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FET proteins in frontotemporal dementia and amyotrophic lateral sclerosis


Mackenzie, Ian R A; Neumann, Manuela (2012). FET proteins in frontotemporal dementia and amyotrophic lateral sclerosis. Brain Research, 1462:40-43.

Abstract

Mutations in the fused in sarcoma gene (FUS) cause amyotrophic lateral sclerosis (ALS) with TDP-43-negative, FUS-positive pathology. FUS is also the pathological protein in most tau/TDP-43-negative subtypes of frontotemporal lobar degeneration (FTLD-FUS). FUS, together with Ewing's sarcoma protein (EWS) and TATA-binding protein associated factor 15 (TAF15), make up the FET family of DNA/RNA binding proteins that share functional homology and have the potential to interact. We recently investigated the role of the other FET proteins in the clinicopathological spectrum of FUS-opathies. In all FTLD-FUS subtypes, FUS-positive pathology was also labeled for TAF15 and EWS and cells with inclusions showed a reduction in the normal nuclear staining of all FET proteins. In contrast, in cases of ALS-FUS, TAF15 and EWS remained localized to the nucleus and did not label FUS-positive inclusions. Cell culture models replicated the human diseases. These findings indicate that ALS-FUS and FTLD-FUS have different pathomechanisms and add TAF15 and EWS to the growing list of RNA-binding proteins involved in neurodegeneration. This article is part of a Special Issue entitled: RNA-Binding Proteins.

Abstract

Mutations in the fused in sarcoma gene (FUS) cause amyotrophic lateral sclerosis (ALS) with TDP-43-negative, FUS-positive pathology. FUS is also the pathological protein in most tau/TDP-43-negative subtypes of frontotemporal lobar degeneration (FTLD-FUS). FUS, together with Ewing's sarcoma protein (EWS) and TATA-binding protein associated factor 15 (TAF15), make up the FET family of DNA/RNA binding proteins that share functional homology and have the potential to interact. We recently investigated the role of the other FET proteins in the clinicopathological spectrum of FUS-opathies. In all FTLD-FUS subtypes, FUS-positive pathology was also labeled for TAF15 and EWS and cells with inclusions showed a reduction in the normal nuclear staining of all FET proteins. In contrast, in cases of ALS-FUS, TAF15 and EWS remained localized to the nucleus and did not label FUS-positive inclusions. Cell culture models replicated the human diseases. These findings indicate that ALS-FUS and FTLD-FUS have different pathomechanisms and add TAF15 and EWS to the growing list of RNA-binding proteins involved in neurodegeneration. This article is part of a Special Issue entitled: RNA-Binding Proteins.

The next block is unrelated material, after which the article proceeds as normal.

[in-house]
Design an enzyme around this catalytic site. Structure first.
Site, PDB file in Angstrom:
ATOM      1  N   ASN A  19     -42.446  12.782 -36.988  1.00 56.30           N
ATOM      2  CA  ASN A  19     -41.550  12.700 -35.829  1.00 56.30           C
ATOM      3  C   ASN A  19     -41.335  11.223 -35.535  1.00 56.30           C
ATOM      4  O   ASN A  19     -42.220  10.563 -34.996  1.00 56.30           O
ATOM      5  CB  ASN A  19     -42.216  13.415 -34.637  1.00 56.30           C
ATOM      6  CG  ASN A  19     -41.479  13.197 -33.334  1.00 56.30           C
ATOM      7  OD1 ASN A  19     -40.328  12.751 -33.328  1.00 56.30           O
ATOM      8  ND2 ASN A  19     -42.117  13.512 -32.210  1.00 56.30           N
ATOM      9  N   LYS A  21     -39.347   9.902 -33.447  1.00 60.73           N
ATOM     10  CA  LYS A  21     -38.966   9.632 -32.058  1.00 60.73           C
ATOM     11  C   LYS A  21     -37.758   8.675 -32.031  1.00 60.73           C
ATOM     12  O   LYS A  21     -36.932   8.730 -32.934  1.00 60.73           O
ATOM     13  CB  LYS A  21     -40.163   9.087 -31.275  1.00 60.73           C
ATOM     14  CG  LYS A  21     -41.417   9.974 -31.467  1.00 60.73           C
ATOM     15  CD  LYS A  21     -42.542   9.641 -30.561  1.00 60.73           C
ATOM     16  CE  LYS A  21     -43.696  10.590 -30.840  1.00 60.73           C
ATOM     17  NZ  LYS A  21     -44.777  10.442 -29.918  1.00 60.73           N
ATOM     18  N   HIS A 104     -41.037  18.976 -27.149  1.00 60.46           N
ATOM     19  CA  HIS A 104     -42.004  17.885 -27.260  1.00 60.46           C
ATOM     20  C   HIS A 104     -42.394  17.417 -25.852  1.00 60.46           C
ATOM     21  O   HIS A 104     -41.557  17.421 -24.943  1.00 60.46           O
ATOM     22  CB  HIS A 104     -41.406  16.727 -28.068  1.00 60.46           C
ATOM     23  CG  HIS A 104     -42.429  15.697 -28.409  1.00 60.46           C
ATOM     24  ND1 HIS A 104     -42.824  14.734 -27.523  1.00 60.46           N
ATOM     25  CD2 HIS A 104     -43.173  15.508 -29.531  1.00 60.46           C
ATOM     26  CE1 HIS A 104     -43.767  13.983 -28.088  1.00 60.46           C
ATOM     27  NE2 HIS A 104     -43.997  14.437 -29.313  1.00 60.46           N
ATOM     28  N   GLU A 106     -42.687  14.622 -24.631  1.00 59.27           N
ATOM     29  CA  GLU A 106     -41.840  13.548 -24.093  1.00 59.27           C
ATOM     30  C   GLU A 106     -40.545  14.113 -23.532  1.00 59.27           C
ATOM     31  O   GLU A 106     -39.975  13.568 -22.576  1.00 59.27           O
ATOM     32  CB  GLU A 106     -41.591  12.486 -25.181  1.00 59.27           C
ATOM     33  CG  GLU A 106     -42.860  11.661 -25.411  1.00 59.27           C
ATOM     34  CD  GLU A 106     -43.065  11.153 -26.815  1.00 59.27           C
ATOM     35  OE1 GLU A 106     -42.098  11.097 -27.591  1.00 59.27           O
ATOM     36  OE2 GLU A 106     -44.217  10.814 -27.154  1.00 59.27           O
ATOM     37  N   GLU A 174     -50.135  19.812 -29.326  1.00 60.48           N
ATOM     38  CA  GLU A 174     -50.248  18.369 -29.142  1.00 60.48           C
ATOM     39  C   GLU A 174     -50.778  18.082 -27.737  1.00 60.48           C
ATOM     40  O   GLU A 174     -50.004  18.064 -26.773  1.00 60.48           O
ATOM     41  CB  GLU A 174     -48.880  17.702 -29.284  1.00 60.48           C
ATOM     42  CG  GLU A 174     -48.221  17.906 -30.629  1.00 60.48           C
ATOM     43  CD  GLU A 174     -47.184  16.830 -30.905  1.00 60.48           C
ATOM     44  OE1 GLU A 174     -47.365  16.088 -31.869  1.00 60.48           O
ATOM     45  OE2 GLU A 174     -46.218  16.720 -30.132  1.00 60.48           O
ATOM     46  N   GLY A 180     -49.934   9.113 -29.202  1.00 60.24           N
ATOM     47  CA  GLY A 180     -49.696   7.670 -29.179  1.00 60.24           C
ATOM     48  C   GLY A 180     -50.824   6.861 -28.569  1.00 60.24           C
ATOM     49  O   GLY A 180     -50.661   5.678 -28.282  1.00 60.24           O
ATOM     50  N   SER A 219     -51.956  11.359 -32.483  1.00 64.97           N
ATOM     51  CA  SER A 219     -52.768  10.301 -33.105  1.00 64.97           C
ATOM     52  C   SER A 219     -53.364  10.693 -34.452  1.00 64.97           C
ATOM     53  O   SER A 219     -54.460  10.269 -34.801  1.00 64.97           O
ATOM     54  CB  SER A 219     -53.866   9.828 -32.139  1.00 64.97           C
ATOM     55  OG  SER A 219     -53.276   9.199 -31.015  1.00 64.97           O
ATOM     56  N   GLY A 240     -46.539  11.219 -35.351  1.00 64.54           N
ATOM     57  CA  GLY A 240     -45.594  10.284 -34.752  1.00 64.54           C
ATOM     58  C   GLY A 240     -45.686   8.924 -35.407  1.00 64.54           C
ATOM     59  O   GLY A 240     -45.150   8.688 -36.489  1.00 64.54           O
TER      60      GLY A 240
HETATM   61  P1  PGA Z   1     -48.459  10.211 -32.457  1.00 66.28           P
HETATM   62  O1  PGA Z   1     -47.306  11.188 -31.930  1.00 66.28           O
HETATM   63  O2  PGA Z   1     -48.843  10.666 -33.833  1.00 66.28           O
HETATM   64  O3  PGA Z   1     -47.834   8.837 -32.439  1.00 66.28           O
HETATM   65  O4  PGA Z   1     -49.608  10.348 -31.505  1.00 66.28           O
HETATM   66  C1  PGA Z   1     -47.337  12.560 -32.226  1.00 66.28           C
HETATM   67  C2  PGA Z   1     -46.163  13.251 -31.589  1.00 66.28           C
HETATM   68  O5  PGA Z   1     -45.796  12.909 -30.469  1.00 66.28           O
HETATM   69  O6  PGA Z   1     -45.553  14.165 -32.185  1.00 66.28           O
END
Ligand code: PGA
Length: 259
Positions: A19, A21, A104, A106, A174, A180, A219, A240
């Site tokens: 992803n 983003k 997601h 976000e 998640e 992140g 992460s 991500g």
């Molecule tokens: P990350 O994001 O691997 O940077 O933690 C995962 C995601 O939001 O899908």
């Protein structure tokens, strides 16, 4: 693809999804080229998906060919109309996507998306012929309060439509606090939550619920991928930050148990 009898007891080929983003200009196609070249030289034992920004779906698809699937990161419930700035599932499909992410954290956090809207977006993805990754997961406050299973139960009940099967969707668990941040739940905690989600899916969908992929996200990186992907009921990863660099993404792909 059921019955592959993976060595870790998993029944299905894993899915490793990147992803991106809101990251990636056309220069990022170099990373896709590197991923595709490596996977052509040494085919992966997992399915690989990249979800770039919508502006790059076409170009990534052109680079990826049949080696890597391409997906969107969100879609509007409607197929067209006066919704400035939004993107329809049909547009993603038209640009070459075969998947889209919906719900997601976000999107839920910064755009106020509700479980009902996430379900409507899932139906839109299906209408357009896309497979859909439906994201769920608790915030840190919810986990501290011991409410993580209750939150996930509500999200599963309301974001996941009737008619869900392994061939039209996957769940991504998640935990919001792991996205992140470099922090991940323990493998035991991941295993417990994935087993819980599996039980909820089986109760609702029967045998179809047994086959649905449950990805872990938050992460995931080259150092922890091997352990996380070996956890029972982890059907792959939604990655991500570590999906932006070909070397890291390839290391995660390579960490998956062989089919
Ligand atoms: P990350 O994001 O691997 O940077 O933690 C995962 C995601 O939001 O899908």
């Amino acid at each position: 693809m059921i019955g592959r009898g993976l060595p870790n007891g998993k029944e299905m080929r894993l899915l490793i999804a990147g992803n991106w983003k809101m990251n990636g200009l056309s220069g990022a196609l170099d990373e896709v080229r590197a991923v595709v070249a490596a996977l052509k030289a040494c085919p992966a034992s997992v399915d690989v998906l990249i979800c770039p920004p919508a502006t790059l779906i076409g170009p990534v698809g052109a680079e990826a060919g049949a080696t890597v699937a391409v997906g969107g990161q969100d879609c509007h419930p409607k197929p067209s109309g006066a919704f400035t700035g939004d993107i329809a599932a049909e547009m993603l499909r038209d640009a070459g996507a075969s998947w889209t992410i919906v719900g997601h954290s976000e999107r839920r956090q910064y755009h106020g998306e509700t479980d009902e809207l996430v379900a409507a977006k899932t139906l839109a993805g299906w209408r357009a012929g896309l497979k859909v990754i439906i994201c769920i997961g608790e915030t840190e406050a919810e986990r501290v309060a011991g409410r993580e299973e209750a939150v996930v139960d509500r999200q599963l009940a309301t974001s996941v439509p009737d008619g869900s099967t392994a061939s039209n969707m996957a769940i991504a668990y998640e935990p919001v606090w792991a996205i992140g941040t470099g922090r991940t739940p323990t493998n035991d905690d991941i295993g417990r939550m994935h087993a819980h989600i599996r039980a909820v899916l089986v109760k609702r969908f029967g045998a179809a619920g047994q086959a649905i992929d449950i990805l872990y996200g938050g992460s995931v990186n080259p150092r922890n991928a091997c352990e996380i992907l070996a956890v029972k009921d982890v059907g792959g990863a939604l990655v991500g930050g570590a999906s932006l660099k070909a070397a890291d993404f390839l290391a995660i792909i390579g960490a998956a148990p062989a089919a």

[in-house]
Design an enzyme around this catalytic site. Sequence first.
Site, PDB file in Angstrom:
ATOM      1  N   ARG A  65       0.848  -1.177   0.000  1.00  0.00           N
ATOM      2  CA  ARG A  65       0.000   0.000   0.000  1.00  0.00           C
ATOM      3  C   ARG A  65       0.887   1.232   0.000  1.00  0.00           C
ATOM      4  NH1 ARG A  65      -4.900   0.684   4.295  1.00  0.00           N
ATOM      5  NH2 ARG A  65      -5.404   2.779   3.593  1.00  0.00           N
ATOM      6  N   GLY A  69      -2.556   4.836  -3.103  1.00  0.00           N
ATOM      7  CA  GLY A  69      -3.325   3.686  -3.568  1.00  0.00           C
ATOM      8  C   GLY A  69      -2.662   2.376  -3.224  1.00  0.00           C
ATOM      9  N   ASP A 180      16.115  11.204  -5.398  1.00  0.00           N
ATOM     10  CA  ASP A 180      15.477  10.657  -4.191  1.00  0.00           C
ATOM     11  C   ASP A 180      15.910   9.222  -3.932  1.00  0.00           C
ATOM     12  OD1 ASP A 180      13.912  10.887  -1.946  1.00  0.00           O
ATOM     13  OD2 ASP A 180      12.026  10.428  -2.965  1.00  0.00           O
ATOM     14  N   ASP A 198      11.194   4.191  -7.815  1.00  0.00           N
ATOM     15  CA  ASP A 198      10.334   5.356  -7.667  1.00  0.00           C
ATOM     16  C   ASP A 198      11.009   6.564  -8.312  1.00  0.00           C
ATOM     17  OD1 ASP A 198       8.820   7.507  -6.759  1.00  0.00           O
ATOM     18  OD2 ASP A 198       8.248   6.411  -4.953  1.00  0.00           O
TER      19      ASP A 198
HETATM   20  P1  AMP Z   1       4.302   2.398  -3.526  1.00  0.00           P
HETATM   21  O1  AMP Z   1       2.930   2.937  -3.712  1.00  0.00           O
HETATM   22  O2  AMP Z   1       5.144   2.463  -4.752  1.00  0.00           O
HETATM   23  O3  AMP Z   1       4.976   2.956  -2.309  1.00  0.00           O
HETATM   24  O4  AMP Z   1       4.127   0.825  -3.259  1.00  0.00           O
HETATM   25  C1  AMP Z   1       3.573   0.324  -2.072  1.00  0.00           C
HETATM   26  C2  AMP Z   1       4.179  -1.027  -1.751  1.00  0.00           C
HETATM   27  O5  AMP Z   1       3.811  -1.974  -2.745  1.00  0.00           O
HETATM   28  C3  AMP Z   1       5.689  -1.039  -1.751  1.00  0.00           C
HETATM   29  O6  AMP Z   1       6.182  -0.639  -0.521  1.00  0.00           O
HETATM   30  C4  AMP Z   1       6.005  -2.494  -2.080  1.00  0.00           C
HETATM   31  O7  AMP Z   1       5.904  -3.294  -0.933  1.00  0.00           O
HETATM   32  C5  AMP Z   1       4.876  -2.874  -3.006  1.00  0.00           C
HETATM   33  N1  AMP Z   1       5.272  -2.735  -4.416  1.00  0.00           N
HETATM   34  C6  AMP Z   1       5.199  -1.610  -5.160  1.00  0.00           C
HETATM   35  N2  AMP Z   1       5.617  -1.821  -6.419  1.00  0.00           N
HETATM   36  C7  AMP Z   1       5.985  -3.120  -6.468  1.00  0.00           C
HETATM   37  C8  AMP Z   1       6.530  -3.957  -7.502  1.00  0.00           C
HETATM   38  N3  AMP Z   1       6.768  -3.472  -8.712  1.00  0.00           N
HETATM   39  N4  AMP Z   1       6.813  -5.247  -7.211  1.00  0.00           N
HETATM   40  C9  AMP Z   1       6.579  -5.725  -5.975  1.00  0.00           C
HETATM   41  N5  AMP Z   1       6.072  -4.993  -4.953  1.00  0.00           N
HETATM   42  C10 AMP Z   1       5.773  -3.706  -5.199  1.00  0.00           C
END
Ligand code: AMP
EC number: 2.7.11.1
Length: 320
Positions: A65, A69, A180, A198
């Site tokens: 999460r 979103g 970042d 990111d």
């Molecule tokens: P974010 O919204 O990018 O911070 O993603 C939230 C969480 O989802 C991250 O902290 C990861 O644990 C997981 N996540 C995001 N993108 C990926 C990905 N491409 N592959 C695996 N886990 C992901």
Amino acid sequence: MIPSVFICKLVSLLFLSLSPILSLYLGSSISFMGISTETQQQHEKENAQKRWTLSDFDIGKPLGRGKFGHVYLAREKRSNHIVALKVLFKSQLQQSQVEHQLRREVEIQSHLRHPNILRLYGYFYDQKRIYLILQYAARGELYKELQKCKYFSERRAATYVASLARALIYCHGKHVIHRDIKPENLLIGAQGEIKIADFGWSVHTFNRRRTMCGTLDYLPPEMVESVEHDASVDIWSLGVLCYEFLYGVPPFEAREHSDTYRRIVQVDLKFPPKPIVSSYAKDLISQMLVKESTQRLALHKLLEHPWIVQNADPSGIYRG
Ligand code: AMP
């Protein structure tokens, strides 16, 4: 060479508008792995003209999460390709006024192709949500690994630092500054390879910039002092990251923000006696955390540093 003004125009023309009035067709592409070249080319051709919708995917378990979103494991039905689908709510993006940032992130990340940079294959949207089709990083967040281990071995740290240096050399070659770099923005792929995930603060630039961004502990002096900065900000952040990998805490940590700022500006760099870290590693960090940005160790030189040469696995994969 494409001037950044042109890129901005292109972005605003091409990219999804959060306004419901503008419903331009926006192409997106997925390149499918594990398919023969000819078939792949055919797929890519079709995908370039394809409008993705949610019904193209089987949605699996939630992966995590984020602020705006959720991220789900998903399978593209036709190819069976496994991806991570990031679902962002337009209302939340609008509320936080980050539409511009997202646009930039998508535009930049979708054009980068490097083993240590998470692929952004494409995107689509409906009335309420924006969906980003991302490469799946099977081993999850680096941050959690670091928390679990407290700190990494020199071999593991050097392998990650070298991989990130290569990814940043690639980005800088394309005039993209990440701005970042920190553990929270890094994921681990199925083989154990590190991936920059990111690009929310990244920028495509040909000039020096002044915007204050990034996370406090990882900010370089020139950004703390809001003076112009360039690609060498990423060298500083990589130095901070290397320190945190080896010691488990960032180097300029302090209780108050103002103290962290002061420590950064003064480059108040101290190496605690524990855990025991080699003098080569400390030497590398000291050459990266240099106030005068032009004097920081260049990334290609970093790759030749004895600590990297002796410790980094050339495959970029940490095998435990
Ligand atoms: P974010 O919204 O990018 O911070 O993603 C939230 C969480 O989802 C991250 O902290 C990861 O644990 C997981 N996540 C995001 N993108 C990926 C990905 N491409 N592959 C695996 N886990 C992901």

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Additional indexing

Item Type:Journal Article, refereed, further contribution
Communities & Collections:04 Faculty of Medicine > University Hospital Zurich > Institute of Neuropathology
Dewey Decimal Classification:570 Life sciences; biology
610 Medicine & health
Language:English
Date:2012
Deposited On:21 Dec 2012 13:22
Last Modified:05 Apr 2016 16:11
Publisher:Elsevier
ISSN:0006-8993
Publisher DOI:https://doi.org/10.1016/j.brainres.2011.12.010
PubMed ID:22261247

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